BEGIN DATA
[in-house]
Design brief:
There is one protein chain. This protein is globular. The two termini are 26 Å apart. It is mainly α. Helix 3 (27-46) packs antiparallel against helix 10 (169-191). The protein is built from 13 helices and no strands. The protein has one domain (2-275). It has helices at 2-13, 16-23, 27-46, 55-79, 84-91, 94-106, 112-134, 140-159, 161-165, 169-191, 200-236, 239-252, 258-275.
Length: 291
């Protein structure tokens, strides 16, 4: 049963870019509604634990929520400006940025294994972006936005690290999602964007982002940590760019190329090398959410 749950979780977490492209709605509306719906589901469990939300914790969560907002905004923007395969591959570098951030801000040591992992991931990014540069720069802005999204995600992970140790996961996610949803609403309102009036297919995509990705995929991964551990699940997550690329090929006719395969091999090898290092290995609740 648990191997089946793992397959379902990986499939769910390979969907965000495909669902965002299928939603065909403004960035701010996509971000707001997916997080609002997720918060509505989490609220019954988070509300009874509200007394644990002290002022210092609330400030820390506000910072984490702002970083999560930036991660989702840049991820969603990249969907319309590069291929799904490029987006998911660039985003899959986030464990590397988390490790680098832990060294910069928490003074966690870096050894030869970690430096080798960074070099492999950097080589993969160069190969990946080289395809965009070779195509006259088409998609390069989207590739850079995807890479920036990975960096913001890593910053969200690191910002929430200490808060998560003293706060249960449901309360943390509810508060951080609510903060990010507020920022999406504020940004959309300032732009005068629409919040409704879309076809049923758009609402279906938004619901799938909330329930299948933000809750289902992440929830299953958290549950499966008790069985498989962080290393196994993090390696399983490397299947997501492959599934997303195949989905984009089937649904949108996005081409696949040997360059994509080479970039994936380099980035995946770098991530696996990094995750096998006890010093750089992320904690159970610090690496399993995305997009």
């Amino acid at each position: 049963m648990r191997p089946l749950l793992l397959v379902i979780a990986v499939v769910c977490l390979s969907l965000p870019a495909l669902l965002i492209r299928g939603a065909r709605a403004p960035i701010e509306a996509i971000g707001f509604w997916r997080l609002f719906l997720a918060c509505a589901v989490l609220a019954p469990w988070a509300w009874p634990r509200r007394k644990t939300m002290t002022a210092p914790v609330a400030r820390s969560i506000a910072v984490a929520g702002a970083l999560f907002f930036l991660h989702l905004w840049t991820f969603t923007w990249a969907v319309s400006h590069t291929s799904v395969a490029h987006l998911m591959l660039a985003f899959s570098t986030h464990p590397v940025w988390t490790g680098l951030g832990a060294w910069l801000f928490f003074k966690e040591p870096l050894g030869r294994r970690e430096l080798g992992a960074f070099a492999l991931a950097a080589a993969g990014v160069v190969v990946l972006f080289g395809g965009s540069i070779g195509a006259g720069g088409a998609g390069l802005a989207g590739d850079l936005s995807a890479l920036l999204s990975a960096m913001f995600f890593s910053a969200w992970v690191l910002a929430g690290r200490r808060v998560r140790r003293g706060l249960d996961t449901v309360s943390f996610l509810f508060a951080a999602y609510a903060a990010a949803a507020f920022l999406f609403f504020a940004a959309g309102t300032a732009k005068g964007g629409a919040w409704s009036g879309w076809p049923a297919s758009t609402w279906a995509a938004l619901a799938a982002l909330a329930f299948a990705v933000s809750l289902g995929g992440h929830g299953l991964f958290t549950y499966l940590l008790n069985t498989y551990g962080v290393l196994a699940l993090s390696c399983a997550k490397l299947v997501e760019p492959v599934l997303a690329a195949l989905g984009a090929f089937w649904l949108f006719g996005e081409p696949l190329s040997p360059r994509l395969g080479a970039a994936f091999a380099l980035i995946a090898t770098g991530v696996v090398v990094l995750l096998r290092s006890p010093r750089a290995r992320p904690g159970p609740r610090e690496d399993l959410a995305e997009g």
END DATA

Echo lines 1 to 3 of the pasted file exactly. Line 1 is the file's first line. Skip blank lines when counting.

[in-house]
Design brief:
There is one protein chain. This protein is globular. The two termini are 26 Å apart. It is mainly α. Helix 3 (27-46) packs antiparallel against helix 10 (169-191). The protein is built from 13 helices and no strands. The protein has one domain (2-275). It has helices at 2-13, 16-23, 27-46, 55-79, 84-91, 94-106, 112-134, 140-159, 161-165, 169-191, 200-236, 239-252, 258-275.